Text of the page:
Diabetes affects millions of people around the world regardless of socioeconomic factors geographic location and gender or race. The anatomy of diabetes and different types of diabetes are the focus of this first article on understanding, diagnosing, and managing diabetes.
There are several different types of diabetes, and understanding the difference between them and how they are treated will help you make better and more educated decisions regarding your or a loved one's care.
According to the National Diabetes Information Clearinghouse and the National Institute of Diabetes and Digestive and Kidney Diseases, chances are that you know somebody who has diabetes. These institutes estimate that nearly 24 million people in the United States alone have diabetes, and nearly five million of those individuals don't know it.
Unfortunately, diabetes, which for the most part used to be considered an "adult's disease", today now afflicts younger individuals because of increasingly poor diets, lack of exercise, and obesity. Diabetes may also be caused by other conditions, including pancreatic diseases, endocrine system abnormalities or disease processes, and even infections and medications.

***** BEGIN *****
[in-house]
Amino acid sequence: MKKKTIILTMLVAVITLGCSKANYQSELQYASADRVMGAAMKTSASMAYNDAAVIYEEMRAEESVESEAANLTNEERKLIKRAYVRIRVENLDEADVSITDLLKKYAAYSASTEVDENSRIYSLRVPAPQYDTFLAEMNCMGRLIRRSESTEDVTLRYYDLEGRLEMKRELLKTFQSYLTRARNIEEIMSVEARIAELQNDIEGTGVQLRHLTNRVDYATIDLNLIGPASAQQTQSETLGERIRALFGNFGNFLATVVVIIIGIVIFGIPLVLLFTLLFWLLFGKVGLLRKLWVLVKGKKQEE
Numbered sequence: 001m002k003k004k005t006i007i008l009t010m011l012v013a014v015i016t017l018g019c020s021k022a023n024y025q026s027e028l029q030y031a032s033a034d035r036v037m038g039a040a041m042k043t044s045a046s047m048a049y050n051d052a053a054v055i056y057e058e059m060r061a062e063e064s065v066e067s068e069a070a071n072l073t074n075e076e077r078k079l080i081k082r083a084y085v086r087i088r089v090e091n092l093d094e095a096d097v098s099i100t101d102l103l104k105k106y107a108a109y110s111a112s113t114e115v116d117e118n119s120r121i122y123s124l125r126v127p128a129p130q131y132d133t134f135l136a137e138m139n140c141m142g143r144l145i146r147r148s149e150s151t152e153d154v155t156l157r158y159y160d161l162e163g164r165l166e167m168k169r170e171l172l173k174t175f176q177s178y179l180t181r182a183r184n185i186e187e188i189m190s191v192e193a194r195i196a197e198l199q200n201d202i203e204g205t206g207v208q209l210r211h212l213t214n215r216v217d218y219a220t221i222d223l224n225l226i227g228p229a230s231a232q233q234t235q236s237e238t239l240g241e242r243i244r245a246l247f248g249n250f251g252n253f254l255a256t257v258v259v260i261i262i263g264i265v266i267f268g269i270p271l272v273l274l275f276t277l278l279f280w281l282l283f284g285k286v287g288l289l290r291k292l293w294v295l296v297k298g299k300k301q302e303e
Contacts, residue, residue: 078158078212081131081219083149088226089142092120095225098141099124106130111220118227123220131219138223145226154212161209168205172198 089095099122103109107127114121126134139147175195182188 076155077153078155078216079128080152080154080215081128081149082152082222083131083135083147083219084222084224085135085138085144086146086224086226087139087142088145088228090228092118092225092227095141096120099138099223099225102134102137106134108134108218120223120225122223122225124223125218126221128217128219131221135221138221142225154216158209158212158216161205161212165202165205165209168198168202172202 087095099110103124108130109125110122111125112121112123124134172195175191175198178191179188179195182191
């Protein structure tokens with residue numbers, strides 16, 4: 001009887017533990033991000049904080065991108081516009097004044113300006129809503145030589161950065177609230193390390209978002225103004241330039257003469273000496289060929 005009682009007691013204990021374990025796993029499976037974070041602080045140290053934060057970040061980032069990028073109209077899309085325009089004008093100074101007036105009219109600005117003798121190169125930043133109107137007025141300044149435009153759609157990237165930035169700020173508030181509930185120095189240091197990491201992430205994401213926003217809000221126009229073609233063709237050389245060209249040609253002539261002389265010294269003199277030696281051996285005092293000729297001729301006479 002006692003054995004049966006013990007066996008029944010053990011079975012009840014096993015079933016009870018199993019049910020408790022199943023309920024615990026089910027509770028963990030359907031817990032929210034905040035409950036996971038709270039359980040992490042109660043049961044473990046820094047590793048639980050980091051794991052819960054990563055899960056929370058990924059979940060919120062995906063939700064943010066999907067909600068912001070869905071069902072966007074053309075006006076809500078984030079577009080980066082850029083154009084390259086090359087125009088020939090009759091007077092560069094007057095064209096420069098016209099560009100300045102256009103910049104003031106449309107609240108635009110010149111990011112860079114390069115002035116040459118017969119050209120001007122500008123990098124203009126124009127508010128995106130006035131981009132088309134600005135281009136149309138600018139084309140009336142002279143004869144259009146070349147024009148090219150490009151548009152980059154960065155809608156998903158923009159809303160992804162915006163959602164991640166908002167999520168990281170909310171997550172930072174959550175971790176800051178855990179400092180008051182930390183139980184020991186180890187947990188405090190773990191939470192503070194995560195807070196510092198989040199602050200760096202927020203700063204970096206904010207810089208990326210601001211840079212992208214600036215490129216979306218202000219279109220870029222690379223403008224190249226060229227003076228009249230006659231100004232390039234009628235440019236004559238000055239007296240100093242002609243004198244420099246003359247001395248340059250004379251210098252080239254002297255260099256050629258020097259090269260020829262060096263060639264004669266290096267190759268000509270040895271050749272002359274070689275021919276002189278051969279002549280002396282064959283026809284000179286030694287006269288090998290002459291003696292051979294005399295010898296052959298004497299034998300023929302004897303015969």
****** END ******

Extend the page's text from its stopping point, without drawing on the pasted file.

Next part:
Anatomy of Diabetes
Diabetes is a disease process that affects the endocrine system. The endocrine system involves the body's glands. Also known as diabetes mellitus, the condition affects the body's:
- Secretion of hormone
- Metabolism regulation
- Sexual development and the ability to reproduce
- Adrenal glands
- Pituitary gland
- Male and female sexual glands including the testes and ovaries
The pancreas is an important organ involved in the endocrine system. If the pancreas secretes too much or too little of specific hormones, your health and wellness and your overall body function can literally be thrown out of whack.
Diabetes affects the way the body digests food. Normally, food is broken down into a form of sugar found in the blood, called glucose, the body's main source of energy or fuel. After food digests, glucose flows through the bloodstream and into the body's cellular tissues. However, in order for glucose to actually get into the body's cells, a hormone known as insulin must be present in the body. Insulin is created by the pancreas, one of the largest glands in the body, located behind the stomach.
Under optimal conditions, the pancreas produces the exact correct amount of insulin needed by glucose to move into cells. However, with individuals diagnosed with diabetes, the pancreas either doesn't produce enough or doesn't create any insulin for this well-balanced function. Sometimes, a person's body doesn't react properly to the insulin produced by the pancreas. Such conditions result in a form of diabetes, depending on which condition is diagnosed.